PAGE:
It is easy to formulate a cream soap recipe using soap calc. I like to use 25%-40% stearic and 20-30% coconut or palm kernel. You can go higher and lower. The rest I make with conditioning oils and butters.
We will use 22 oz of oils/butters. This is a 22 oz batch to start. This batch is also going to be at a 6% superfat/discount.
You will need 5.2 oz of glycerin, which will go into the oils and butters at the very beginning to be melted together.
A sample recipe:
15% coconut oil (you can sub for all the palm kernel, so it would be 30% coconut...)
15% Palm Kernel (you can also sub this for all of the coconut)
15% Sunflower or similar
5% shea butter (or 5% mango, 5% shea, or whatever butter you want to use.)
5% castor oil
If you do not have these exact oils, you can sub for more or less of what you do have and tweak it. This is a forgiving process (IMO) and it can be tweaked to your fancy. But make sure to keep the balance between stearic and bubbly oils.
You can keep it simple and use all olive for the 40% of the conditioning oils ratio. Or any other conditioning oil you have. I have also made it with lard, tallow, crisco, etc.
That is the first phase of the process.
Now to the second phase, calculating lye. A lot of people don't think you can use soapcalc to calculate your lye for cream soap, when in fact you can. It's really simple. Plug in your recipe for your oils/butters you are going to use for 22 oz.
Soapcalc will give you how much NaOH you need, IF you were making bars of soap. But what you are going to do is use that figure, and that is how much KOH you will need. So for my recipe above, soapcalc says I need 3.09 oz of NaOH. Which means for cream soap I actually need 3.09 oz of KOH.
Now to calculate the amount of NaOH you will need. Take that figure given by soapcalc (3.09) and divide it by 5. for my figure its .68. Which is the amount of NaOH I will need. You can also divide it by 4, it all depends on experiment. I highly suggest investing in a cream soap calculator:
You will need 35 oz of water for the cook. I normally use less, but I think since a lot of this is new to you, we will start with more water during the cook.
So to recap, I need 3.09 oz of KOH and .68 oz of NaOk. Some divide by 4, which I used to do, but I like this ratio better.
There is a 3rd and 4th phase. In the 3rd phase you will need .2 oz stearic and .31 oz of glycerin, this is called supercreaming, which will be added at the end of the cook. In the 4th phase will be where you will add .31 oz of Optiphen if you need to add additional water, or plan on adding additives, veggies, etc. This will be added when we whip up the soap.
Get supplies ready and weighed out. If you have not done so already weigh and mix your lyes with your water, and weigh and melt your oils/butters/stearic in your crock pot or double boiler, and pour your glycerin in the melted oils.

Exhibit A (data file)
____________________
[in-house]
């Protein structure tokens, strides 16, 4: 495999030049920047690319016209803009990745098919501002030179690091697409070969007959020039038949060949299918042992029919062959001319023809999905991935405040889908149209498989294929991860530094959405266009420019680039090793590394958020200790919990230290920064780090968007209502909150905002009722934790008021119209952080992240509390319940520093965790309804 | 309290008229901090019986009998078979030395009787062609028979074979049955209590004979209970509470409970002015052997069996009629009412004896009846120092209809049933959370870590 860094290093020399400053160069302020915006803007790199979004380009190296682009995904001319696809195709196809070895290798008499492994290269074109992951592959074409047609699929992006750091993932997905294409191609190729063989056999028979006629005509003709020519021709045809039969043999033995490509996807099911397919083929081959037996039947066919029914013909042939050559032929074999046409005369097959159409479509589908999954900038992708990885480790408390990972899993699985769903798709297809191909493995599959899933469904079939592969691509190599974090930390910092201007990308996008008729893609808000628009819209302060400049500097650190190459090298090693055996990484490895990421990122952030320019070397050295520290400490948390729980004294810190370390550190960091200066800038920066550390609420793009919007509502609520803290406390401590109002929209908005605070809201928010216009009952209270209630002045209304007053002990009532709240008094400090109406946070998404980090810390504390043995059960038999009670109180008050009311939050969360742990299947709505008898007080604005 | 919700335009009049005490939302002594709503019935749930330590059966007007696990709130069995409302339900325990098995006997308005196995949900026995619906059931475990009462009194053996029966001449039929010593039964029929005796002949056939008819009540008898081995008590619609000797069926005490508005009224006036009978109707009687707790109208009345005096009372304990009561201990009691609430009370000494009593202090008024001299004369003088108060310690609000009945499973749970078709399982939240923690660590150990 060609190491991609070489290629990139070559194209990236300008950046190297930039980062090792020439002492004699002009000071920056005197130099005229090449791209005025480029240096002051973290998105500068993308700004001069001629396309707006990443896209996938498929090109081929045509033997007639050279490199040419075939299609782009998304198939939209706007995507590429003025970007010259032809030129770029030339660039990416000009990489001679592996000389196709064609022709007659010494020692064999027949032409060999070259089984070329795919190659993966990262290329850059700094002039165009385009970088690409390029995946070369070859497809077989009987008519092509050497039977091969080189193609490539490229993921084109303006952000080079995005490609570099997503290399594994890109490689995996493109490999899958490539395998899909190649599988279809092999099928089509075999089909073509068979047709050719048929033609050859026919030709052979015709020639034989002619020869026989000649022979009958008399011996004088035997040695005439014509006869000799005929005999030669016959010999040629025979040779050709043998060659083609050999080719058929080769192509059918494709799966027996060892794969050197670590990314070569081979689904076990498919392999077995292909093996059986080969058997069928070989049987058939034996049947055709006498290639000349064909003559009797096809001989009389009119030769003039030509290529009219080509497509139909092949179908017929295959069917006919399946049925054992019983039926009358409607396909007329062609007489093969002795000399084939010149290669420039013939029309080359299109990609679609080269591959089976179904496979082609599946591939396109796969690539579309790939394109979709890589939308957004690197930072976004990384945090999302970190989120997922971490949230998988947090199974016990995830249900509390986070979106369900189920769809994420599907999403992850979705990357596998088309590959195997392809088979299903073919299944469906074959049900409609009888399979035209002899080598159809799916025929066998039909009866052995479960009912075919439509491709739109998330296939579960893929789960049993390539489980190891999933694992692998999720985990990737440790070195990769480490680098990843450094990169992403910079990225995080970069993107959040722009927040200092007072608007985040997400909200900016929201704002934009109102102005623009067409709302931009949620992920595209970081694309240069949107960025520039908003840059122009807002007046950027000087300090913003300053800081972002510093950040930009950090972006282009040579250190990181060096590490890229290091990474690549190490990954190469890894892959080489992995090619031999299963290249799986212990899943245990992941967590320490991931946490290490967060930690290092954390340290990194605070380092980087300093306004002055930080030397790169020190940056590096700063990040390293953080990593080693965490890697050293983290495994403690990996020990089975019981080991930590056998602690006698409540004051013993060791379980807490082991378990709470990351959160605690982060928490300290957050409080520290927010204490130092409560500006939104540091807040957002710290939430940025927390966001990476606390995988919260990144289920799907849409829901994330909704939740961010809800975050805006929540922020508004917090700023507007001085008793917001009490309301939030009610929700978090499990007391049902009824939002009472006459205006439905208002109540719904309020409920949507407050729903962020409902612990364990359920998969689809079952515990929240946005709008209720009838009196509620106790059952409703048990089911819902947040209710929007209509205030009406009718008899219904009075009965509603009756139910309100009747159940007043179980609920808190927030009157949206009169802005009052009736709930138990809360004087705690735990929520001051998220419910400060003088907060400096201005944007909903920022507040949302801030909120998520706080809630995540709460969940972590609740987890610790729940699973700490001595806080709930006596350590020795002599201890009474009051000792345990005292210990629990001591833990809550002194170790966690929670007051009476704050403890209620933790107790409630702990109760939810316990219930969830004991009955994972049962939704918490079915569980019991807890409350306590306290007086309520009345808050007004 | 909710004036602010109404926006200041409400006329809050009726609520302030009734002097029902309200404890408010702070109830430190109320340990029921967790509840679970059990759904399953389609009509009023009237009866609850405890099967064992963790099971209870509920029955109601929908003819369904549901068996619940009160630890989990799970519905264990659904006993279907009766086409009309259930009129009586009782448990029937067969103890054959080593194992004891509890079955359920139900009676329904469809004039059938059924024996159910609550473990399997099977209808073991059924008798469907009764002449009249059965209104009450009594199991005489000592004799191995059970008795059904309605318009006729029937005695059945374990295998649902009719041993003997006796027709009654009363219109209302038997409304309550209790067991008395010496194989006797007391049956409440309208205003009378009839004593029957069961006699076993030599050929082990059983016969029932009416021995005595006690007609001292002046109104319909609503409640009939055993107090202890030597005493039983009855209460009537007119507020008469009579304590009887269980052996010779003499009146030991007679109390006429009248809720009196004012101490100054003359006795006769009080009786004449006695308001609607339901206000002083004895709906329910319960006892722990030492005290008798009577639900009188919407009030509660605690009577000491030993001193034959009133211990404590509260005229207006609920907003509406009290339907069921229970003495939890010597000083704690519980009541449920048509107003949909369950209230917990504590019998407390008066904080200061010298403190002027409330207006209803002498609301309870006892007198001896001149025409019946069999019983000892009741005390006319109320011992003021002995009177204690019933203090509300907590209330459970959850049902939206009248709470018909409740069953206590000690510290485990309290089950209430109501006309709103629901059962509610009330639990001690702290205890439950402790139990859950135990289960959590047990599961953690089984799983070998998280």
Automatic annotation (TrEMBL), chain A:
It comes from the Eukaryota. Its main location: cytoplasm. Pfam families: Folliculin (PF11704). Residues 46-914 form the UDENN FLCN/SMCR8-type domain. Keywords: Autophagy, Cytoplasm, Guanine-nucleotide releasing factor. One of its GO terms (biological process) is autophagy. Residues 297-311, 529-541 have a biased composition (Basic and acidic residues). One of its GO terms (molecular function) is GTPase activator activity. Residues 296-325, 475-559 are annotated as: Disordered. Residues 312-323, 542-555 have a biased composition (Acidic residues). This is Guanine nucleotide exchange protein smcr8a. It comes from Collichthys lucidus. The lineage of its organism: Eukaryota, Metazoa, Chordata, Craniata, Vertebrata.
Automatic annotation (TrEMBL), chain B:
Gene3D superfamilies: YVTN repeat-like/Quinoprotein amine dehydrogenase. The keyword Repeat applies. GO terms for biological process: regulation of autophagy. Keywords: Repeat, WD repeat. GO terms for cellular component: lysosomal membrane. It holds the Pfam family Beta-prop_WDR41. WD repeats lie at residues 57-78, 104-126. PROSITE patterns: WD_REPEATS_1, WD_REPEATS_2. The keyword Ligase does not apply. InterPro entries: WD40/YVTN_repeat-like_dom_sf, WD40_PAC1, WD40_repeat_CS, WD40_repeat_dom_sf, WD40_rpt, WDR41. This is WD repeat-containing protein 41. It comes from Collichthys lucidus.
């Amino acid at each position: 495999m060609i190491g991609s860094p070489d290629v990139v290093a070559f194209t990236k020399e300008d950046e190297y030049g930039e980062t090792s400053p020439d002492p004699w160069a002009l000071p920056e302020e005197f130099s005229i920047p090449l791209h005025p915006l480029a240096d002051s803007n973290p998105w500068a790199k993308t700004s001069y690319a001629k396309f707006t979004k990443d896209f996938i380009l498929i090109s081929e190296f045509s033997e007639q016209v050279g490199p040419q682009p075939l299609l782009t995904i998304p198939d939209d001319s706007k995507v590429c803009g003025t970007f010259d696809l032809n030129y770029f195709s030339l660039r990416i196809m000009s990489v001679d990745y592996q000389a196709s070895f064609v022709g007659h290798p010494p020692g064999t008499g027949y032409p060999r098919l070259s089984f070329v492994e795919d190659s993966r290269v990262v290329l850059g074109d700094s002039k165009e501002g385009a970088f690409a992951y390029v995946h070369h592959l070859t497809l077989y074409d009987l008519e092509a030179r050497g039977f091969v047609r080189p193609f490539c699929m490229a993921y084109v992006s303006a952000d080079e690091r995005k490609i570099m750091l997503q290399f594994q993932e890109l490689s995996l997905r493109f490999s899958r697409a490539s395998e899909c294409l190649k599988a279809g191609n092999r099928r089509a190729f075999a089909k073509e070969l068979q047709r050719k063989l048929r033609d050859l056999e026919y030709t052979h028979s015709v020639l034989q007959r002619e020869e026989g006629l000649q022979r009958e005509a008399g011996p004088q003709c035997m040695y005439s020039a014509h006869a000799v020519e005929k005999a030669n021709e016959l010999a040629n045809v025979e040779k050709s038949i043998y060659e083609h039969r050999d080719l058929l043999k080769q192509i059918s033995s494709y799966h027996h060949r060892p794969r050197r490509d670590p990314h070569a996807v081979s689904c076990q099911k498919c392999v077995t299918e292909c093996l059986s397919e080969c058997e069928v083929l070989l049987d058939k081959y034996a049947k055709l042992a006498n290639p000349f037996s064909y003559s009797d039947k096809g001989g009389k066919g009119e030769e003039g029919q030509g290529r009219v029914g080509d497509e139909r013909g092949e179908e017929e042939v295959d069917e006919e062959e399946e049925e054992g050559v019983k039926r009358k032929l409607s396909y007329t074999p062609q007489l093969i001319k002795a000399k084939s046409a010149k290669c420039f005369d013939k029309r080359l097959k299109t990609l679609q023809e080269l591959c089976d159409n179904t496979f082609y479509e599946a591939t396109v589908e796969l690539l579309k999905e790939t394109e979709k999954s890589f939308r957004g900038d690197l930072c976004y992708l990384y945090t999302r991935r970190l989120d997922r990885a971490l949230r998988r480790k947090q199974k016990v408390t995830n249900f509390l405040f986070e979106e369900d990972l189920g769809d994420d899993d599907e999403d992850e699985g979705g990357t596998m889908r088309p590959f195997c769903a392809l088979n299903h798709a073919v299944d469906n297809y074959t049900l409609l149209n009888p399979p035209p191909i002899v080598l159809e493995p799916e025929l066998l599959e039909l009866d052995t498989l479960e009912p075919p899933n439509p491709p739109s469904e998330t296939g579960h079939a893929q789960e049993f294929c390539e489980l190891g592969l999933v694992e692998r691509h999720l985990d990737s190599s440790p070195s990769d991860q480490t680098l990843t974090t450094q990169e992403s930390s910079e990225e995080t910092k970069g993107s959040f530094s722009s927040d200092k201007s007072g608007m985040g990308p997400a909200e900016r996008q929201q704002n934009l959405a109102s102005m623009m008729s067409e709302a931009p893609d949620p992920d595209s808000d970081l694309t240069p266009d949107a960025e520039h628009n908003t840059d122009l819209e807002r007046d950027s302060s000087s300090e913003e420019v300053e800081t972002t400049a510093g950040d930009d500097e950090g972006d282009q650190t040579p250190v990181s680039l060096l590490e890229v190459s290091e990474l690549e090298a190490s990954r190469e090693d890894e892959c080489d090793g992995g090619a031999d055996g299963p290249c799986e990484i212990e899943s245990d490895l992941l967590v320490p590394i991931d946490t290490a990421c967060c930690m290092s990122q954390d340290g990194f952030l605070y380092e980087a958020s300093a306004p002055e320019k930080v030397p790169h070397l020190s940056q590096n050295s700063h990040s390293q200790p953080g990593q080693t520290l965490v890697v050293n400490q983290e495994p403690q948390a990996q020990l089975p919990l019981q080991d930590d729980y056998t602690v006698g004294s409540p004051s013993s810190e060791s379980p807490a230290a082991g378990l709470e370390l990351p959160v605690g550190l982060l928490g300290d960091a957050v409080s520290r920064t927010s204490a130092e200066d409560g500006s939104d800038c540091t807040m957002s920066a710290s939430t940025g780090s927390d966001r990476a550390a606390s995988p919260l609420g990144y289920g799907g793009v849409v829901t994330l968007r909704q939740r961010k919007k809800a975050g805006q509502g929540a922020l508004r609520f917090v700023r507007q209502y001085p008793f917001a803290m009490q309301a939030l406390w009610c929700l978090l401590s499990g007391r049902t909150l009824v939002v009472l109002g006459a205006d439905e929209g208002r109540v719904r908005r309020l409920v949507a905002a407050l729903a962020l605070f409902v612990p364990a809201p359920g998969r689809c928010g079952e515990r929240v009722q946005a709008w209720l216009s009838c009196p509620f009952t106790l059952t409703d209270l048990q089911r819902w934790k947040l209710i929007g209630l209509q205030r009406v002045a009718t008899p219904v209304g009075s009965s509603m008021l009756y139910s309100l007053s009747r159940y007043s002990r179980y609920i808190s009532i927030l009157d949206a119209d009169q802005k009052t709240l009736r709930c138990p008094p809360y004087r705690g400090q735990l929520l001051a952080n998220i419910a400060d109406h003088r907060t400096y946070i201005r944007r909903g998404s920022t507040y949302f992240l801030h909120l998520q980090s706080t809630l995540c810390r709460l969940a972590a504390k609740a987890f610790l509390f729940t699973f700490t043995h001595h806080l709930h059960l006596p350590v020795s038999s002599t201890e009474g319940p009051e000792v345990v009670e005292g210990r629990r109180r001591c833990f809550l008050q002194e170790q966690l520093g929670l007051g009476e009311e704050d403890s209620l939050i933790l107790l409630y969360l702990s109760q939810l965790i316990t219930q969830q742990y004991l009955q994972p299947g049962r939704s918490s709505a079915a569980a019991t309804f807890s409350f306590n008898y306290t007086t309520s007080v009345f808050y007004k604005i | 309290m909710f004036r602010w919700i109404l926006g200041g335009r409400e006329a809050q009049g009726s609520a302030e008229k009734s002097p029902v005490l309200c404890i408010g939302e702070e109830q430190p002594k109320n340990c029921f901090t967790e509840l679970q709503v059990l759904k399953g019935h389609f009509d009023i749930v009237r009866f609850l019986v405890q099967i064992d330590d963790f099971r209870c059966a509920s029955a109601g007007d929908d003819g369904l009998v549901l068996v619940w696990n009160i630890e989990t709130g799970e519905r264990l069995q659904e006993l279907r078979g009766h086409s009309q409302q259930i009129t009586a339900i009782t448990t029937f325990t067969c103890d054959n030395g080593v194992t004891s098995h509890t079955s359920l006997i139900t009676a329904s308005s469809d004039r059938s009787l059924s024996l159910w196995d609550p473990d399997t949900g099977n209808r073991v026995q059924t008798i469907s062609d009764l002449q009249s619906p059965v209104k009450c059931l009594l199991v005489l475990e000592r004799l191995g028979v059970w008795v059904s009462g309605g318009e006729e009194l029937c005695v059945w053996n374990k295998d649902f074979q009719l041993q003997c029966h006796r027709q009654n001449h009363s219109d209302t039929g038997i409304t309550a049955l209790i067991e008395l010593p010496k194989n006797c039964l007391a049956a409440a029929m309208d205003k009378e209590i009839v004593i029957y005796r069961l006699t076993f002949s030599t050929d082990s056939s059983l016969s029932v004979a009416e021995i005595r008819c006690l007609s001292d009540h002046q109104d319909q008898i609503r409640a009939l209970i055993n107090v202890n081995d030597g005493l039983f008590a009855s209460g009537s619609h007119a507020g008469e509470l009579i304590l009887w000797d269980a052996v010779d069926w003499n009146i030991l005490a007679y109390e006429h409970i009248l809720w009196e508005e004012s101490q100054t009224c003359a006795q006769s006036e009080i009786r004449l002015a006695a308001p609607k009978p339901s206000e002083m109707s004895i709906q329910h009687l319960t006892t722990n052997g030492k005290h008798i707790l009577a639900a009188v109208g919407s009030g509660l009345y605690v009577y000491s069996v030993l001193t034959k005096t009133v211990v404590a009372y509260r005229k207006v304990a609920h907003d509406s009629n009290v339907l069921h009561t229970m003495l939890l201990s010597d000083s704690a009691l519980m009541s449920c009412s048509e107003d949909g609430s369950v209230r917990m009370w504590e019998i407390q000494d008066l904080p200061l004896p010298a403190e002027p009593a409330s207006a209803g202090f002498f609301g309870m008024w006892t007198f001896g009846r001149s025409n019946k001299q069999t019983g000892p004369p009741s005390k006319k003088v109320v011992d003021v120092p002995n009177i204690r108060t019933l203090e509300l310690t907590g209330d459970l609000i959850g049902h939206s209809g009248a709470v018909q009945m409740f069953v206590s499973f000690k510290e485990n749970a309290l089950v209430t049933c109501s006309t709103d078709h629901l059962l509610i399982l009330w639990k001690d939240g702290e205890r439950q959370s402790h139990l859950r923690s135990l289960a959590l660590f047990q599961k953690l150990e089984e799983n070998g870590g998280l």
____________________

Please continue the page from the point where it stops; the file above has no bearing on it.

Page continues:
Cooking the soap should take about 4 hours, whipping the soap will happen the next day or whenever you are ready to whip.
Before you start, please remember to be safe, especially when learning a new process. Wear your gloves, goggles, hazmat suit, the works
Your crock pot should be turned on high and ready to go. Everything should be pre-measured and set to start. Melt your oils till they are hot, but not too hot. Pour your oils into your crock pot or double boiler (unless they are already there if you used them to melt your goodies.)
Combined your premixed lye solution with your oils and stick blend till trace. Stearic will always try to separate, but keep it going, the mix will soon stick together:
Keep mixing it, careful not to burn out your stick blender (give it a rest if it starts to get too hot.)
7 minutes of blending:
After about 15 minutes the soap will go from separated to honey texture as seen above. At this point you can put your stick blender away for the night. The next stage you will hit is this tough taffy stage:
After it hits the tough taffy stage, take chill pill and leave it alone for 30-45 minutes. It will stay like this and go through a few phases for the next hour and a half. But stir it once or twice in between time to incorporated any fluids.
After about 2 hours of cooking your soap should look like this. It is now starting to relax a bit, and is easier to stir:
After 3 hours of cooking the soap should look like this:
If you have a phenol tester, you can test it, if it is pink you still need to cook it longer. However I used to use those and stopped since I can now gage when my soap is done. I also do the old tast test by touching some cool soap to my finger, rubbing my fingers together to make sure I do not feel any gritty bits, and then I touch my finger to my tongue. If you get even the slightest zap, cook it until the zap is gone and all you taste is the sweet glycerin.